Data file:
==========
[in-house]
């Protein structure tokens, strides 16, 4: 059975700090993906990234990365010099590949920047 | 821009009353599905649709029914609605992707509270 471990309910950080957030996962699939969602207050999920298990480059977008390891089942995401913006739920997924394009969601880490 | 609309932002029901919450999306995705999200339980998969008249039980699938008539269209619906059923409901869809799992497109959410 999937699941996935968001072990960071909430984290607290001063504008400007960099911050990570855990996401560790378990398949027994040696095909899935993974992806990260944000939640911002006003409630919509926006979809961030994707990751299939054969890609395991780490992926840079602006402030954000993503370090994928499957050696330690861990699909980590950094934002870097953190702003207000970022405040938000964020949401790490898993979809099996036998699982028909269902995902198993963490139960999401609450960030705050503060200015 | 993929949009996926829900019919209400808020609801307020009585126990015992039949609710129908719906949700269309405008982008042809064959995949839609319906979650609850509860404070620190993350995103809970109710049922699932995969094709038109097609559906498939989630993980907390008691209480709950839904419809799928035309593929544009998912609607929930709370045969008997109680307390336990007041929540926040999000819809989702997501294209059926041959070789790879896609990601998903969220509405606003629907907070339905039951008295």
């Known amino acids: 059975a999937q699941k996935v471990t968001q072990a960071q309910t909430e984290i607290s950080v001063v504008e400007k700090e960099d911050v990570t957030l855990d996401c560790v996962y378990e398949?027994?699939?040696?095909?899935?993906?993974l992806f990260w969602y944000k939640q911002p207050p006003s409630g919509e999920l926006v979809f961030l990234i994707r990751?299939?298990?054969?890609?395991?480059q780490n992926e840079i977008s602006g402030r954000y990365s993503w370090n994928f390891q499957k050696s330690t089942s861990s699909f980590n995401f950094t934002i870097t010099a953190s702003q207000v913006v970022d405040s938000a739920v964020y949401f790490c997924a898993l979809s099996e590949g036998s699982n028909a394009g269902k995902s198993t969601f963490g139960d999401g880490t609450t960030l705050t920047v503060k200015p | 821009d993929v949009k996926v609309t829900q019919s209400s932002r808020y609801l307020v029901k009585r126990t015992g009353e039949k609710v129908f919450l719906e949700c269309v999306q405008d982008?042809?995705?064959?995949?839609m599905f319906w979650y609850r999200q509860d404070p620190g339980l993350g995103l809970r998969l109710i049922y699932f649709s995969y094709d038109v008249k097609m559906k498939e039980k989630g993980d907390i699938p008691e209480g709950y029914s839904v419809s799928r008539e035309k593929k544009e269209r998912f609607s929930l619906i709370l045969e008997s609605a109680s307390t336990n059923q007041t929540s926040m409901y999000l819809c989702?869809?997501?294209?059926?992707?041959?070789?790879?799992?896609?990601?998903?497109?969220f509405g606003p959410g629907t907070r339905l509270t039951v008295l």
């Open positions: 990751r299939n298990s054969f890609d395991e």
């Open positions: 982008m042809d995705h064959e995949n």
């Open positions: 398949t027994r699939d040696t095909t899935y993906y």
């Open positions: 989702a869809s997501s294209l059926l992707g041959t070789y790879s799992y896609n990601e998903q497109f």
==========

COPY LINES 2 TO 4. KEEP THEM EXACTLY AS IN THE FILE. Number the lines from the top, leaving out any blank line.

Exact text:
């Protein structure tokens, strides 16, 4: 059975700090993906990234990365010099590949920047 | 821009009353599905649709029914609605992707509270 471990309910950080957030996962699939969602207050999920298990480059977008390891089942995401913006739920997924394009969601880490 | 609309932002029901919450999306995705999200339980998969008249039980699938008539269209619906059923409901869809799992497109959410 999937699941996935968001072990960071909430984290607290001063504008400007960099911050990570855990996401560790378990398949027994040696095909899935993974992806990260944000939640911002006003409630919509926006979809961030994707990751299939054969890609395991780490992926840079602006402030954000993503370090994928499957050696330690861990699909980590950094934002870097953190702003207000970022405040938000964020949401790490898993979809099996036998699982028909269902995902198993963490139960999401609450960030705050503060200015 | 993929949009996926829900019919209400808020609801307020009585126990015992039949609710129908719906949700269309405008982008042809064959995949839609319906979650609850509860404070620190993350995103809970109710049922699932995969094709038109097609559906498939989630993980907390008691209480709950839904419809799928035309593929544009998912609607929930709370045969008997109680307390336990007041929540926040999000819809989702997501294209059926041959070789790879896609990601998903969220509405606003629907907070339905039951008295």
């Known amino acids: 059975a999937q699941k996935v471990t968001q072990a960071q309910t909430e984290i607290s950080v001063v504008e400007k700090e960099d911050v990570t957030l855990d996401c560790v996962y378990e398949?027994?699939?040696?095909?899935?993906?993974l992806f990260w969602y944000k939640q911002p207050p006003s409630g919509e999920l926006v979809f961030l990234i994707r990751?299939?298990?054969?890609?395991?480059q780490n992926e840079i977008s602006g402030r954000y990365s993503w370090n994928f390891q499957k050696s330690t089942s861990s699909f980590n995401f950094t934002i870097t010099a953190s702003q207000v913006v970022d405040s938000a739920v964020y949401f790490c997924a898993l979809s099996e590949g036998s699982n028909a394009g269902k995902s198993t969601f963490g139960d999401g880490t609450t960030l705050t920047v503060k200015p | 821009d993929v949009k996926v609309t829900q019919s209400s932002r808020y609801l307020v029901k009585r126990t015992g009353e039949k609710v129908f919450l719906e949700c269309v999306q405008d982008?042809?995705?064959?995949?839609m599905f319906w979650y609850r999200q509860d404070p620190g339980l993350g995103l809970r998969l109710i049922y699932f649709s995969y094709d038109v008249k097609m559906k498939e039980k989630g993980d907390i699938p008691e209480g709950y029914s839904v419809s799928r008539e035309k593929k544009e269209r998912f609607s929930l619906i709370l045969e008997s609605a109680s307390t336990n059923q007041t929540s926040m409901y999000l819809c989702?869809?997501?294209?059926?992707?041959?070789?790879?799992?896609?990601?998903?497109?969220f509405g606003p959410g629907t907070r339905l509270t039951v008295l």
């Open positions: 990751r299939n298990s054969f890609d395991e």